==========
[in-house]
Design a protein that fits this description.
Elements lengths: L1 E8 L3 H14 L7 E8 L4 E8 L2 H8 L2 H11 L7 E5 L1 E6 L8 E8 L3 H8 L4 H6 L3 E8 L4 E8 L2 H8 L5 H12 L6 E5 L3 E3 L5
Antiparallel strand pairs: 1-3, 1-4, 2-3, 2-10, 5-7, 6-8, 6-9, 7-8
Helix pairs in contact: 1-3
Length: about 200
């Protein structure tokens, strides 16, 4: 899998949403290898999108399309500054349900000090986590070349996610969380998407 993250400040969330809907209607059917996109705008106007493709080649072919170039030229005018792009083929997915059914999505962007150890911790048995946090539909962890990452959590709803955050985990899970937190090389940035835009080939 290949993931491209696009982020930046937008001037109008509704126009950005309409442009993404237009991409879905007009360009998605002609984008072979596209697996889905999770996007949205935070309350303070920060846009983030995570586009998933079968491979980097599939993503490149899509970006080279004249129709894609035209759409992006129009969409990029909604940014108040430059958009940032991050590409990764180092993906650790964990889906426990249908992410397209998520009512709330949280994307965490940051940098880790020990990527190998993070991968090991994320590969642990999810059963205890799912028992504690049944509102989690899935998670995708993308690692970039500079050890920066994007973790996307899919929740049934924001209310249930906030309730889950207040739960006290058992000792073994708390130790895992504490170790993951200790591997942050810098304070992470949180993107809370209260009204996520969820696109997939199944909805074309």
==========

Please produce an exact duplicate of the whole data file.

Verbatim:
[in-house]
Design a protein that fits this description.
Elements lengths: L1 E8 L3 H14 L7 E8 L4 E8 L2 H8 L2 H11 L7 E5 L1 E6 L8 E8 L3 H8 L4 H6 L3 E8 L4 E8 L2 H8 L5 H12 L6 E5 L3 E3 L5
Antiparallel strand pairs: 1-3, 1-4, 2-3, 2-10, 5-7, 6-8, 6-9, 7-8
Helix pairs in contact: 1-3
Length: about 200
């Protein structure tokens, strides 16, 4: 899998949403290898999108399309500054349900000090986590070349996610969380998407 993250400040969330809907209607059917996109705008106007493709080649072919170039030229005018792009083929997915059914999505962007150890911790048995946090539909962890990452959590709803955050985990899970937190090389940035835009080939 290949993931491209696009982020930046937008001037109008509704126009950005309409442009993404237009991409879905007009360009998605002609984008072979596209697996889905999770996007949205935070309350303070920060846009983030995570586009998933079968491979980097599939993503490149899509970006080279004249129709894609035209759409992006129009969409990029909604940014108040430059958009940032991050590409990764180092993906650790964990889906426990249908992410397209998520009512709330949280994307965490940051940098880790020990990527190998993070991968090991994320590969642990999810059963205890799912028992504690049944509102989690899935998670995708993308690692970039500079050890920066994007973790996307899919929740049934924001209310249930906030309730889950207040739960006290058992000792073994708390130790895992504490170790993951200790591997942050810098304070992470949180993107809370209260009204996520969820696109997939199944909805074309």